Queen City Belles

Queen City Belles carry the American flag during the Martin Luther King march on Monday morning down South Main Street towards the Val Verde County Courthouse.

Public figures and a long-time resident shared Monday morning the importance of honoring the legacy of Martin Luther King, Jr. and the struggles of growing up during segregation. Del Rioans honored King with a march, speeches and a video presentation.

Del Rio is one of the few remaining cities in the nation to hold a march in King’s honor, according to Laughlin Air Force Base 47th Wing Commander Col. Lee Gentile.

As Del Rioans celebrated diversity, dreams and the future, city of Del Rio Mayor Bruno “Ralphy” Lozano brought up the ongoing battles against inequality and injustice.

“It’s important to continue to pass on to generations the information that our predecessors and our ancestors have taught us, it lives through our blood. Without sharing these important stories of history, and ancestry, and culturally, our children are going to lose everything that we fought for,” Lozano said.

Del Rio’s past helps younger generations continue to push for a brighter future, according to Lozano.

“Without these dreams of ours, we have nothing to pass on,” Lozano said.

Long-time Del Rioan James Bass recounted growing up in Del Rio; the segregation within schools, the movie theater, restaurants and housing areas. Yet, those issues did not deter Del Rioans from getting along with each other, according to Bass.

“The only problem we had was with the school. Everybody was friends during the weekends, but Monday we split; they go to their schools and we went to ours,” Bass said.

After Bass enlisted in the military, his journey throughout the world opened his eyes to an issue far bigger than the limits of Del Rio. Yet, Bass returned to Del Rio and emphasized the importance of pursuing a higher education.

“I can’t imagine if guys like me could’ve gotten the education that guys are getting now. There’s no limit to what they could’ve done,” Bass said.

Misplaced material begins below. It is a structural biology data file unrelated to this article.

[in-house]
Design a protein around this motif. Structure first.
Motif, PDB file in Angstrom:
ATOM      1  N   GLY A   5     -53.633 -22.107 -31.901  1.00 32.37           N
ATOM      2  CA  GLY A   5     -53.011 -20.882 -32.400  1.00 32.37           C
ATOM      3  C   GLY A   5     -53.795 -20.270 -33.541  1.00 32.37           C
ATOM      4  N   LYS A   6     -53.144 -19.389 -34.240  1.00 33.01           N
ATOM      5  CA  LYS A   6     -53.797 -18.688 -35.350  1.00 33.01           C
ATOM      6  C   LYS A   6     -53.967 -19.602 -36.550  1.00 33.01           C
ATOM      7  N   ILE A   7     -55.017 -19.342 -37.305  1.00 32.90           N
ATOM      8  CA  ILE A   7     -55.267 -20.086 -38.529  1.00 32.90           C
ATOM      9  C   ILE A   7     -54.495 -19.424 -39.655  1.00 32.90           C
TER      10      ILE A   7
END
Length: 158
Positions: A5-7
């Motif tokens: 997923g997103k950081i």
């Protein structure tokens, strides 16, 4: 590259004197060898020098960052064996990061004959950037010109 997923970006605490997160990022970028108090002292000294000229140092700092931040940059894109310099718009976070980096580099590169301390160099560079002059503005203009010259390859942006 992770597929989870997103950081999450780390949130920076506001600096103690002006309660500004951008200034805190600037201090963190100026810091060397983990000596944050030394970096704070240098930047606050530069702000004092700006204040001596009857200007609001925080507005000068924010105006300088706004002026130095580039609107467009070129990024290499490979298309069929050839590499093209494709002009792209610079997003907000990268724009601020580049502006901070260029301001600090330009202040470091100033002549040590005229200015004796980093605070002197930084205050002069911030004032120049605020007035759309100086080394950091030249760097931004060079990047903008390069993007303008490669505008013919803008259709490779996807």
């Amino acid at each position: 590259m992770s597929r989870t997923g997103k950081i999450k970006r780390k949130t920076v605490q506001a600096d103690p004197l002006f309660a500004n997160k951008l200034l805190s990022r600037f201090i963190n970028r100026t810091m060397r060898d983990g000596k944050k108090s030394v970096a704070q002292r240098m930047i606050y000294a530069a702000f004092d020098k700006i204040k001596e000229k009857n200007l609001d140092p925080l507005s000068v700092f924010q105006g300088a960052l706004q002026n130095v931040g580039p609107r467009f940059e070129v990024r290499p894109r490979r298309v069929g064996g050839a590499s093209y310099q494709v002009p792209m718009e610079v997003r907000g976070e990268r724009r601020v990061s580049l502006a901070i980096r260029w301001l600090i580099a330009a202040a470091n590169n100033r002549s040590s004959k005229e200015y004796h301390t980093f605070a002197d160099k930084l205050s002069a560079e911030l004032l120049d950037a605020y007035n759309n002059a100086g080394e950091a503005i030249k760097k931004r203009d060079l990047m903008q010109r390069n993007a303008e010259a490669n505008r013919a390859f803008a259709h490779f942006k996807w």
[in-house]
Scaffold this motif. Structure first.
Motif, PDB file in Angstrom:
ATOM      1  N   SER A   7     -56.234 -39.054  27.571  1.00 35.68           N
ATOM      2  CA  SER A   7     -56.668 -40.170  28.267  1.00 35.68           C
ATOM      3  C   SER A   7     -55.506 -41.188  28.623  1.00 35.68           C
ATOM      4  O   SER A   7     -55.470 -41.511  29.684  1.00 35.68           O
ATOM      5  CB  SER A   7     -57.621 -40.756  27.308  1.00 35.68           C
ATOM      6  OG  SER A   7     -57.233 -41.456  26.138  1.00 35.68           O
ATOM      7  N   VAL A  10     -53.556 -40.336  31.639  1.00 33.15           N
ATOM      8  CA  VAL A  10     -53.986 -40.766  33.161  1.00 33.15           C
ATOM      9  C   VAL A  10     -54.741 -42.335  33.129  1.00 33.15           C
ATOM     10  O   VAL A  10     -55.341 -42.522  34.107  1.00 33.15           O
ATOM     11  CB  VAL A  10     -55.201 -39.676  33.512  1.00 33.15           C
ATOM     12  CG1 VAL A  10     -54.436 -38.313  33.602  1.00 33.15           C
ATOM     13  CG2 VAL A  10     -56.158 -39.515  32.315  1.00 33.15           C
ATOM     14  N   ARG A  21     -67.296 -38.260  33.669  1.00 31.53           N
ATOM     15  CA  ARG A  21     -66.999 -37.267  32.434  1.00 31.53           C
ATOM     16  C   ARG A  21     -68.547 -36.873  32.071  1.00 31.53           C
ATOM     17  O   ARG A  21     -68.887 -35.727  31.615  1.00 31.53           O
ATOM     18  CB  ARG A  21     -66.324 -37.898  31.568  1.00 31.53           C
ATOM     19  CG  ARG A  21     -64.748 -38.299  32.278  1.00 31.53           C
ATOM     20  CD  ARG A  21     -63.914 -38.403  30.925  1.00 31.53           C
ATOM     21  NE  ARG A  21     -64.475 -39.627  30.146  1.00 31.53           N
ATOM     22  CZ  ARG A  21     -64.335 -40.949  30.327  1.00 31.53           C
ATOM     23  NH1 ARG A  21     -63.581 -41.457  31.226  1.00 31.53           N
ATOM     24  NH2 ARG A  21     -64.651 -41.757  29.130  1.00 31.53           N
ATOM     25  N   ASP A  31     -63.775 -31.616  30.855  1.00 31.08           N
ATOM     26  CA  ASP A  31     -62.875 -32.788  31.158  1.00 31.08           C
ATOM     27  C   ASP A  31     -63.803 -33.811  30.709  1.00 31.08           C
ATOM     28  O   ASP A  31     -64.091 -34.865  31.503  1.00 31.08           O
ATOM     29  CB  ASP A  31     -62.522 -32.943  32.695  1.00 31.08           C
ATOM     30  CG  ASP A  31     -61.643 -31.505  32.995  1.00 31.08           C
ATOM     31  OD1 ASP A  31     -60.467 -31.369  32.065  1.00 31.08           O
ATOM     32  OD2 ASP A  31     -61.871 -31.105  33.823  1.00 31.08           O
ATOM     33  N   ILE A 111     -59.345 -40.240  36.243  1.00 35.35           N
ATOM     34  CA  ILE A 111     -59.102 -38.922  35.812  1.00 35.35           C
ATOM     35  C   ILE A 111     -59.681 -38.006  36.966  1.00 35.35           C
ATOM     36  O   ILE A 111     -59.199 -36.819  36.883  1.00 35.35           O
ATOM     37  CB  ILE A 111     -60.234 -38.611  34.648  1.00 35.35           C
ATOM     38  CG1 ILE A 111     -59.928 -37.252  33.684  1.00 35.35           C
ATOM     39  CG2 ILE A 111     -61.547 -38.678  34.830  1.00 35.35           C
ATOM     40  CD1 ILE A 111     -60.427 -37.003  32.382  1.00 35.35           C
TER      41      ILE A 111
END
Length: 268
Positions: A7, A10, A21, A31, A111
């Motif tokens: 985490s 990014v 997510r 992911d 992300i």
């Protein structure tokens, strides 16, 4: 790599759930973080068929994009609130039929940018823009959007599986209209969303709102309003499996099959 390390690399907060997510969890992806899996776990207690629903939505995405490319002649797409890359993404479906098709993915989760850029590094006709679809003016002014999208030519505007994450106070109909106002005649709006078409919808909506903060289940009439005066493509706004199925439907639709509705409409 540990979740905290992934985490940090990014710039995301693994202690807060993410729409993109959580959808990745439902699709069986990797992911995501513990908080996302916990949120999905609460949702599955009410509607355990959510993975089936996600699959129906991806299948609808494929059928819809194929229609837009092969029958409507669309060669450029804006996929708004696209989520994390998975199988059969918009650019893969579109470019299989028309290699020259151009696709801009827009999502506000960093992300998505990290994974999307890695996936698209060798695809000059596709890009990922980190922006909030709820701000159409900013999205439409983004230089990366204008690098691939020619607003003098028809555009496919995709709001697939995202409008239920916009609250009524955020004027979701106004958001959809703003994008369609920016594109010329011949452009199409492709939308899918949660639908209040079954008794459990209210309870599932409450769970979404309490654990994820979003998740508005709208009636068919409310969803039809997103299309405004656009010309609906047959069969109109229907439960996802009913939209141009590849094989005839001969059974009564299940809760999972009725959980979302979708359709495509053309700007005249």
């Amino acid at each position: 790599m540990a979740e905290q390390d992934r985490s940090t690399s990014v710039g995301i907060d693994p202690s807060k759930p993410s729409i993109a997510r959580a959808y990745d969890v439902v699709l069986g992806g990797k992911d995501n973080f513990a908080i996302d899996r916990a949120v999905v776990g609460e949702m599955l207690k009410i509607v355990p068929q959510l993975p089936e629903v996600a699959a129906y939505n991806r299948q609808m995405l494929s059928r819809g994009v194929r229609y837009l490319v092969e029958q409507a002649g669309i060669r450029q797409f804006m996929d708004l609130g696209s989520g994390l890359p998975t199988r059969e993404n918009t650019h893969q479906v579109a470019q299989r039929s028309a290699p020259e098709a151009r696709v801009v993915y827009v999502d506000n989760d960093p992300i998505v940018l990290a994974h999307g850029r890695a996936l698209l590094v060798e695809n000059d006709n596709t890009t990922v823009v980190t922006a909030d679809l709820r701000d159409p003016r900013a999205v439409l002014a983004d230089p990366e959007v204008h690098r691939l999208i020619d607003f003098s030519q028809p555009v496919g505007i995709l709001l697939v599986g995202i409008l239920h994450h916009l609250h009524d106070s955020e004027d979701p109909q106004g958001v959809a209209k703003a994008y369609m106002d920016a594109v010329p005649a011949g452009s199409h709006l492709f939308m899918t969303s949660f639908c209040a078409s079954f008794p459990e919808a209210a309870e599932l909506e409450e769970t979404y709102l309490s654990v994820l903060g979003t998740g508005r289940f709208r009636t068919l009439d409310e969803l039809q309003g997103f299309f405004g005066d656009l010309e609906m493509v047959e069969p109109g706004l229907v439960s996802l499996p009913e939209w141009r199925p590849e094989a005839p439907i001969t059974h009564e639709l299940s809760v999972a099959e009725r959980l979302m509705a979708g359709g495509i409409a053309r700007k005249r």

“We honor a man who gave his all for equality, so that all can be treated equally … our generation is our kids and those are the ones we ought to be bringing up with the culture of Del Rio,” Val Verde County Sheriff Joe Frank Martinez said.

The community is blessed, and Del Rioans need to treat each other with love and respect, according to Martinez.

“There’s about 100 of us here this morning. If each one of us went out and showed our love to somebody else, that just becomes infectious over time,” Martinez said.

Val Verde County Justice of the Peace Precinct 2 Antonio “Tony” Faz said he expected citizens to ask him about the daily workings of his job, yet over the course of the last several months he received questions regarding other issues.

“I’ve had people ask me, and it’s very difficult for me to answer, ‘Judge, how is it that we’re growing apart as a nation,’ I’ve been asked, ‘how is it that we’ve come to undermine our Constitution’ and ‘Judge, how is it that we can take one step forward, but two steps backward,’” Faz said.

Faz said while social media is useful, citizens need to fact check and not fully trust everything posted.

“I ask you, my brothers and sisters, that today more than ever, we come together in unity and trust; forget the bitterness and hatred. We have to lay the foundation for our future generations to continue the battle, that one day we may truly come together,” Faz said.

The march drew more than 100 Del Rioans of all ages to participate Monday morning. Participants gathered at the Star Park before marching down South Main Street towards the Val Verde County Courthouse.

Everyone in attendance marched along, singing songs of peace and holding signs commemorating King’s actions. After the speeches finished, everyone gathered at the Paul Poag Theatre for a viewing of King’s famous speech “I Have a Dream” and a chance to view the upcoming Whitehead Memorial Museum exhibit “African-American Del Rio”.

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